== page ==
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Integrated Hepatitis C–Opioid Use Disorder Care Through Facilitated Telemedicine A Randomized Trial
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JAMA. Published online April 3, 2024
Key Points
Question Among people receiving care in opioid treatment programs, does facilitated telemedicine for hepatitis C treatment increase cure rates compared with standard-of-care referral to hepatitis specialists?
Findings Cure percentages were 90.2% in telemedicine and 39.4% in referral, with an estimated logarithmic odds ratio of the study group effect of 2.9. Among cured participants, illicit drug use decreased significantly. We observed minimal reinfections during 2 years of follow-up.
Meaning Facilitated telemedicine integrated into opioid treatment programs resulted in significantly higher cure rates, with significant reductions in illicit drug use and minimal reinfections; facilitated telemedicine increases hepatitis C treatment access for underserved populations.
Importance Facilitated telemedicine may promote hepatitis C virus elimination by mitigating geographic and temporal barriers.
Objective To compare sustained virologic responses for hepatitis C virus among persons with opioid use disorder treated through facilitated telemedicine integrated into opioid treatment programs compared with off-site hepatitis specialist referral.
Design, Setting, and Participants Prospective, cluster randomized clinical trial using a stepped wedge design. Twelve programs throughout New York State included hepatitis C–infected participants (n = 602) enrolled between March 1, 2017, and February 29, 2020. Data were analyzed from December 1, 2022, through September 1, 2023.
Intervention Hepatitis C treatment with direct-acting antivirals through comanagement with a hepatitis specialist either through facilitated telemedicine integrated into opioid treatment programs (n = 290) or standard-of-care off-site referral (n = 312).
Main Outcomes and Measures The primary outcome was hepatitis C virus cure. Twelve programs began with off-site referral, and every 9 months, 4 randomly selected sites transitioned to facilitated telemedicine during 3 steps without participant crossover. Participants completed 2-year follow-up for reinfection assessment. Inclusion criteria required 6-month enrollment in opioid treatment and insurance coverage of hepatitis C medications. Generalized linear mixed-effects models were used to test for the intervention effect, adjusted for time, clustering, and effect modification in individual-based intention-to-treat analysis.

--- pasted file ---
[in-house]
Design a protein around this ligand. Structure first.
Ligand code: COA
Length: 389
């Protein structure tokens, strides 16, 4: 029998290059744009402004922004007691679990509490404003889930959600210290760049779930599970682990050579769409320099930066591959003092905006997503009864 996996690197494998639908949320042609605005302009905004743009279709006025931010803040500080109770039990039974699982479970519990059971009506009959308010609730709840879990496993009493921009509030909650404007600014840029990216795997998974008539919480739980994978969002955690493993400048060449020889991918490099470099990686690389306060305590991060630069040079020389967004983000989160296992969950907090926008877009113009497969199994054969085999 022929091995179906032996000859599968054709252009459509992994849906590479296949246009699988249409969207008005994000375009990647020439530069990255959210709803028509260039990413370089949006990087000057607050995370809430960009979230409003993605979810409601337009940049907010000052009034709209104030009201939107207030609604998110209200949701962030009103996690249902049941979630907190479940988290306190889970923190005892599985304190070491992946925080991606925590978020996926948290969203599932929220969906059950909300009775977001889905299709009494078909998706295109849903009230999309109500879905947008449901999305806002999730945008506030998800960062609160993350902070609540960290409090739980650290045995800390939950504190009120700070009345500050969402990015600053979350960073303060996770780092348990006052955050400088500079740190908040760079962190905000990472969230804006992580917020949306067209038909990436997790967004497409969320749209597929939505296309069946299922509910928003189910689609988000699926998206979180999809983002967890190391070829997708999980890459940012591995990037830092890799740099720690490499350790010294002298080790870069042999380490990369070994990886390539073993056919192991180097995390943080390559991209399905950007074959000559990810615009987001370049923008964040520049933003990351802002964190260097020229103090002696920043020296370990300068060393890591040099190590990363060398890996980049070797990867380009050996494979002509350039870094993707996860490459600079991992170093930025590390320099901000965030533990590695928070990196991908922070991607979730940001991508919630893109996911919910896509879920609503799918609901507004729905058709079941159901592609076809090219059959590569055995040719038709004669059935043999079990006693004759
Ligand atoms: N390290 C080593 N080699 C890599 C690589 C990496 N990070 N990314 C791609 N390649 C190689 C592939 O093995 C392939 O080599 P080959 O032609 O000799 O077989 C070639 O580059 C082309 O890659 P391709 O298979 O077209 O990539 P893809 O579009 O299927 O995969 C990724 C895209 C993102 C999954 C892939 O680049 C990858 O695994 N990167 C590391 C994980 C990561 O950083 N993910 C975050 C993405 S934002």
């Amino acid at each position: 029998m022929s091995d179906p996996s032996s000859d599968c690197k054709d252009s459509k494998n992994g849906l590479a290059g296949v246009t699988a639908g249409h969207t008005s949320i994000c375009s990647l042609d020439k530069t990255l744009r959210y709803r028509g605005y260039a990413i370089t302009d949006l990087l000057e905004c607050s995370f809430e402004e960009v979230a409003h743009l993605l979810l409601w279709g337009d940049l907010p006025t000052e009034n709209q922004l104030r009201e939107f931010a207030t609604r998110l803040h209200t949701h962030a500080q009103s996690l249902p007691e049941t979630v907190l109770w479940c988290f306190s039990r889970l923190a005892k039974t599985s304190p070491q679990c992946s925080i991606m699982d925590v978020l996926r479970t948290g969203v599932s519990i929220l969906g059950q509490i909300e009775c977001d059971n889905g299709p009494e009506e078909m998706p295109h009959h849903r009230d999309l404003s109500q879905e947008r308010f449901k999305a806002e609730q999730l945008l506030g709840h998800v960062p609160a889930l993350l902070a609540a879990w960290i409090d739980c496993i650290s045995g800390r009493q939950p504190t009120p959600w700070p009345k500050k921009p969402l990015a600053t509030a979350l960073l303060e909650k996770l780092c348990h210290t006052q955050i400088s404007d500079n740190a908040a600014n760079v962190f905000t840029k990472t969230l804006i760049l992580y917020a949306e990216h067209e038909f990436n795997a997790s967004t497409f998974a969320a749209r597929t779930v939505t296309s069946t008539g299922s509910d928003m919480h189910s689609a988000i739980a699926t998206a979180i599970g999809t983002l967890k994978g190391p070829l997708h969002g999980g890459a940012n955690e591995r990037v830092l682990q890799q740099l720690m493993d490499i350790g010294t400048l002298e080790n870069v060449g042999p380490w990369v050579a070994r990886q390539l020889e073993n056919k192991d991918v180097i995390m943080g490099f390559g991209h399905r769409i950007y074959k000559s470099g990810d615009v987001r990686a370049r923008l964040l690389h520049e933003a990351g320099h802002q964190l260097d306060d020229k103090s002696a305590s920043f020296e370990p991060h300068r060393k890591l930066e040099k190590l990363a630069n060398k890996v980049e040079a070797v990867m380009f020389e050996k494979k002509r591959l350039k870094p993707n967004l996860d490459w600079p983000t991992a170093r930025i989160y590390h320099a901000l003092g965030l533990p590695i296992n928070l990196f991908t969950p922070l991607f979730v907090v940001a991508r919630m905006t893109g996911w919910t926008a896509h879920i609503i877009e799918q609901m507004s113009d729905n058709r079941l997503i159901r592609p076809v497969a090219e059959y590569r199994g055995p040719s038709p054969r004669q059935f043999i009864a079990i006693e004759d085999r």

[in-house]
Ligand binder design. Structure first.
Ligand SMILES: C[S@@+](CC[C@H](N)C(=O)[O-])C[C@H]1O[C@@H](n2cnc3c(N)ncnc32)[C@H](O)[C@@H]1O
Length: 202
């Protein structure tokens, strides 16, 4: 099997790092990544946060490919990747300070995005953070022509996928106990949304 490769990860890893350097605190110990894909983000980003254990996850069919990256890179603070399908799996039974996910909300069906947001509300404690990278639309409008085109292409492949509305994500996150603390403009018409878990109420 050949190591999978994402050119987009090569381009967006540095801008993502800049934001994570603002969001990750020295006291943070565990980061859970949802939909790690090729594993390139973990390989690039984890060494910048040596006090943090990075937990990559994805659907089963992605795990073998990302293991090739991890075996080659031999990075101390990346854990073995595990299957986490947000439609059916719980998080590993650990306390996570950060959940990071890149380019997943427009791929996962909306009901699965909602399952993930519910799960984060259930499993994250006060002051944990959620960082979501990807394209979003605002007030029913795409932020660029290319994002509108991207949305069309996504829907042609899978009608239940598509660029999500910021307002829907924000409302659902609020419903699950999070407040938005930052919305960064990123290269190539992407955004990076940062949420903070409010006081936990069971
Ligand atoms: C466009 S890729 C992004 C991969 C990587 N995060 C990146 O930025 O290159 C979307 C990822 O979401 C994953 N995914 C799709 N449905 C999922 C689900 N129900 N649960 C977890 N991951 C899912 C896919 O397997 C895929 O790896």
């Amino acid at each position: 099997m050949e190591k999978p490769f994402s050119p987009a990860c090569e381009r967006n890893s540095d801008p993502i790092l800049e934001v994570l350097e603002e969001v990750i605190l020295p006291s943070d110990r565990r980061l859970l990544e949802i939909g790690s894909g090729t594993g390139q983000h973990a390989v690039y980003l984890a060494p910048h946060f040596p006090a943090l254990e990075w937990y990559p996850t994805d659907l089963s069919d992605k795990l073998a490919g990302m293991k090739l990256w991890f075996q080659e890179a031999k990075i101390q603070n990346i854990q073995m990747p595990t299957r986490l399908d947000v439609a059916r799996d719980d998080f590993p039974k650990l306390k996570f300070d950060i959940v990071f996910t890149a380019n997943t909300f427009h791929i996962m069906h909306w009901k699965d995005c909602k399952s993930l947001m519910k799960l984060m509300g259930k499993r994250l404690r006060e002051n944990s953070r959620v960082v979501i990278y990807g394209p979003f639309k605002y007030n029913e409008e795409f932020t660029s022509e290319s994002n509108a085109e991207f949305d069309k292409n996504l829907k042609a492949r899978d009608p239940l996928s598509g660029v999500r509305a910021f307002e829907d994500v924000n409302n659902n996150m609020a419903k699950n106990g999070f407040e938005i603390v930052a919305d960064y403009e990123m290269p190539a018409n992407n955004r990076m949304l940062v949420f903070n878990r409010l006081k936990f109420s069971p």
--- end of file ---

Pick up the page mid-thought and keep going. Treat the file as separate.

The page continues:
Results Among 602 participants, 369 were male (61.3%); 296 (49.2%) were American Indian or Alaska Native, Asian, Black or African American, multiracial, or other (ie, no race category was selected, with race data collected according to the 5 standard National Institutes of Health categories); and 306 (50.8%) were White. The mean (SD) age of the enrolled participants in the telemedicine group was 47.1 (13.1) years; that of the referral group was 48.9 (12.8) years. In telemedicine, 268 of 290 participants (92.4%) initiated treatment compared with 126 of 312 participants (40.4%) in referral.
Intention-to-treat cure percentages were 90.3% (262 of 290) in telemedicine and 39.4% (123 of 312) in referral, with an estimated logarithmic odds ratio of the study group effect of 2.9 (95% CI, 2.0-3.5; P < .001) with no effect modification. Observed cure percentages were 246 of 290 participants (84.8%) in telemedicine vs 106 of 312 participants (34.0%) in referral. Subgroup effects were not significant, including fibrosis stage, urban or rural participant residence location, or mental health (anxiety or depression) comorbid conditions. Illicit drug use decreased significantly (referral: 95% CI, 1.2-4.8; P = .001; telemedicine: 95% CI, 0.3-1.0; P < .001) among cured participants. Minimal reinfections (n = 13) occurred, with hepatitis C virus reinfection incidence of 2.5 per 100 person-years. Participants in both groups rated health care delivery satisfaction as high or very high.
Conclusions and Relevance Opioid treatment program–integrated facilitated telemedicine resulted in significantly higher hepatitis C virus cure rates compared with off-site referral, with high participant satisfaction. Illicit drug use declined significantly among cured participants with minimal reinfections.

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